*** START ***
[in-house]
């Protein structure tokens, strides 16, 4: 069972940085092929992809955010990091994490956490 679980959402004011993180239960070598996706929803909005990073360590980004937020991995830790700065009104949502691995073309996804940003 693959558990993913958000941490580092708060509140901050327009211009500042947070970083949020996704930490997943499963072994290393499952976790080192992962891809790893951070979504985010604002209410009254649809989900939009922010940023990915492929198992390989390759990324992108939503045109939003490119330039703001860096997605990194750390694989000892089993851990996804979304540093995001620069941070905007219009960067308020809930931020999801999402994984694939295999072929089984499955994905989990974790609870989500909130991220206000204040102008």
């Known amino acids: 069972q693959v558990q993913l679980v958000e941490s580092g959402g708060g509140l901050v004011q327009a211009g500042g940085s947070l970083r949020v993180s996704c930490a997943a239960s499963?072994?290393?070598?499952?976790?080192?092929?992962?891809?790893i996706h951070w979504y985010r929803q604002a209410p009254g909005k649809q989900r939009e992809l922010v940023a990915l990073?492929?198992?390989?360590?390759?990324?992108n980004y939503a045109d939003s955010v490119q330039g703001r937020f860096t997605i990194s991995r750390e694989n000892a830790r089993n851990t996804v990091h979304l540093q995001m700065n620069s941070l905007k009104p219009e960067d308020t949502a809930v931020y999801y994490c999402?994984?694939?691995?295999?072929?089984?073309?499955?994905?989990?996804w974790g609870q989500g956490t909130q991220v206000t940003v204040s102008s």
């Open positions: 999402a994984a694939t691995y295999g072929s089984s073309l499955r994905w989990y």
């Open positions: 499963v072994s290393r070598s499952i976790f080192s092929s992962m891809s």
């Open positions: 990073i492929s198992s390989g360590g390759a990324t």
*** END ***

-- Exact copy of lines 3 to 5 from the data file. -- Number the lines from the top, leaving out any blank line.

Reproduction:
């Known amino acids: 069972q693959v558990q993913l679980v958000e941490s580092g959402g708060g509140l901050v004011q327009a211009g500042g940085s947070l970083r949020v993180s996704c930490a997943a239960s499963?072994?290393?070598?499952?976790?080192?092929?992962?891809?790893i996706h951070w979504y985010r929803q604002a209410p009254g909005k649809q989900r939009e992809l922010v940023a990915l990073?492929?198992?390989?360590?390759?990324?992108n980004y939503a045109d939003s955010v490119q330039g703001r937020f860096t997605i990194s991995r750390e694989n000892a830790r089993n851990t996804v990091h979304l540093q995001m700065n620069s941070l905007k009104p219009e960067d308020t949502a809930v931020y999801y994490c999402?994984?694939?691995?295999?072929?089984?073309?499955?994905?989990?996804w974790g609870q989500g956490t909130q991220v206000t940003v204040s102008s």
């Open positions: 999402a994984a694939t691995y295999g072929s089984s073309l499955r994905w989990y």
């Open positions: 499963v072994s290393r070598s499952i976790f080192s092929s992962m891809s």